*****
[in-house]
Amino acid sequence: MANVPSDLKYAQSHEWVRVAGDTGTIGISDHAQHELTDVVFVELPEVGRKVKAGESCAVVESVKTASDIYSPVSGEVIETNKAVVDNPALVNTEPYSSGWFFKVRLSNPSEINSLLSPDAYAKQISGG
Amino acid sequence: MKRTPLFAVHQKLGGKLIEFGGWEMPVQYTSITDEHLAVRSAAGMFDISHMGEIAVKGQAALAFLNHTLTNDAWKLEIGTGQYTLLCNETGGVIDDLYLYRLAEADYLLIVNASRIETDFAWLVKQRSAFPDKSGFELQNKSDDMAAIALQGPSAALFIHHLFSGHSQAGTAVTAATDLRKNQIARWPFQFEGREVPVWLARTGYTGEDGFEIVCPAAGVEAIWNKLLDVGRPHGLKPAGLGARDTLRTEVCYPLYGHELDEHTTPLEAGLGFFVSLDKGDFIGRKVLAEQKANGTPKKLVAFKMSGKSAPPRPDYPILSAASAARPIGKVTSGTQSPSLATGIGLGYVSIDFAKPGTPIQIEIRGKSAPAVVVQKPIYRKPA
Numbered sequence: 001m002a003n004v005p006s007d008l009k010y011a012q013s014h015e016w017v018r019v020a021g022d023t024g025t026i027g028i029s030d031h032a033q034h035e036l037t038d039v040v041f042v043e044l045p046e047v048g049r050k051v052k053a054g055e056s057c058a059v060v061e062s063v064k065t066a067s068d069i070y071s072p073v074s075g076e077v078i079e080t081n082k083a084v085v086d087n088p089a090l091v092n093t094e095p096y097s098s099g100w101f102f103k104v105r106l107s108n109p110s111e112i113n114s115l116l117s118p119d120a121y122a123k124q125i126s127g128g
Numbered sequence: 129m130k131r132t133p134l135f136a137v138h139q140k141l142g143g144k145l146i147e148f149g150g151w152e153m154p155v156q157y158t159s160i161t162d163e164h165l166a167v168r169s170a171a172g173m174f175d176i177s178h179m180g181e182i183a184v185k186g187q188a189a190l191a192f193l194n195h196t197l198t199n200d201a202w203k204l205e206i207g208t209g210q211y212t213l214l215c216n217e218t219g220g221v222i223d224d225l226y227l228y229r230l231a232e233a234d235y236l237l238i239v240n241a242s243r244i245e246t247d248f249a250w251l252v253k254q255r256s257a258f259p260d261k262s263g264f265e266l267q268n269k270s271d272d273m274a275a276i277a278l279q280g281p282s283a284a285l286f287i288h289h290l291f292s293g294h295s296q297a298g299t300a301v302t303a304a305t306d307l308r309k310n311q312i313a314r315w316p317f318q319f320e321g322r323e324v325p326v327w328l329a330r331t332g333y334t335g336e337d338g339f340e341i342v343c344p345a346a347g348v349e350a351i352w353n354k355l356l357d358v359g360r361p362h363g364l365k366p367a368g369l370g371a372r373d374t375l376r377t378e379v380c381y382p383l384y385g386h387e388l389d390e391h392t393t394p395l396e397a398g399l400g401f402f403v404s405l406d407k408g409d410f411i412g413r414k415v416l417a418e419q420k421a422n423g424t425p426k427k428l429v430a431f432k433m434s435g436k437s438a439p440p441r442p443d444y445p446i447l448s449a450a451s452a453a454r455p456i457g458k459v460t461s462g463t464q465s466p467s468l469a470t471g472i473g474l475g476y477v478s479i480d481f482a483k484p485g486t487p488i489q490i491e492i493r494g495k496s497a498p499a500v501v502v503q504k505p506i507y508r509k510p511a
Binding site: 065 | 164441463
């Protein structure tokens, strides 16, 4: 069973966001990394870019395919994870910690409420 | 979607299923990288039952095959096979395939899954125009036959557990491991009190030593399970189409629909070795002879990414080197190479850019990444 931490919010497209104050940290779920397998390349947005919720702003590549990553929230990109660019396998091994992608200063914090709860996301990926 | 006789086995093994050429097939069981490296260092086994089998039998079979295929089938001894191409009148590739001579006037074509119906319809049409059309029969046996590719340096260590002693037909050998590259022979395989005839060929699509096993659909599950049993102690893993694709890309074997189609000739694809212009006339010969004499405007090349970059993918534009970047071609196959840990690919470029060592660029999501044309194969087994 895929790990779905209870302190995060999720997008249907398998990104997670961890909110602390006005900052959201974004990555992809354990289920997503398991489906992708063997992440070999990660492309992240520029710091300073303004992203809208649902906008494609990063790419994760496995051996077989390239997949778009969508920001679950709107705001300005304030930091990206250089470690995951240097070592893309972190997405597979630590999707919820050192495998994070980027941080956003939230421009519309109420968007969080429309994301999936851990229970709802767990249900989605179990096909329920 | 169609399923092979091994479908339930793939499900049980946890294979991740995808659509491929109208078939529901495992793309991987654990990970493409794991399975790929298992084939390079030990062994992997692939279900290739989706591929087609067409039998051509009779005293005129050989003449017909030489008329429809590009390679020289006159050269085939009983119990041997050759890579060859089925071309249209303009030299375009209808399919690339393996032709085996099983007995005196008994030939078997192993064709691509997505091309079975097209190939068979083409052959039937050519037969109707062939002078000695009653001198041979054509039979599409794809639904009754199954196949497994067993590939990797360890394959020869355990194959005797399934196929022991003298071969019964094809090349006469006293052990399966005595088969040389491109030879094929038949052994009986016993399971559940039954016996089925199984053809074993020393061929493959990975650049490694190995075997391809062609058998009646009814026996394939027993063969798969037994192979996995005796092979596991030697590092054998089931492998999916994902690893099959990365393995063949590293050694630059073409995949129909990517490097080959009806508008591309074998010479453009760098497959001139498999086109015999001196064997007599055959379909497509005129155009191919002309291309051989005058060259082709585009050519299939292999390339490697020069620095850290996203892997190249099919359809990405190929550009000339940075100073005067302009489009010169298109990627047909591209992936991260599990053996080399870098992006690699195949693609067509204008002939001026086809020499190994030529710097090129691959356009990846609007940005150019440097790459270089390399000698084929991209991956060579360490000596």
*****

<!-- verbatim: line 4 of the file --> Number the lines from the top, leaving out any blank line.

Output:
Numbered sequence: 001m002a003n004v005p006s007d008l009k010y011a012q013s014h015e016w017v018r019v020a021g022d023t024g025t026i027g028i029s030d031h032a033q034h035e036l037t038d039v040v041f042v043e044l045p046e047v048g049r050k051v052k053a054g055e056s057c058a059v060v061e062s063v064k065t066a067s068d069i070y071s072p073v074s075g076e077v078i079e080t081n082k083a084v085v086d087n088p089a090l091v092n093t094e095p096y097s098s099g100w101f102f103k104v105r106l107s108n109p110s111e112i113n114s115l116l117s118p119d120a121y122a123k124q125i126s127g128g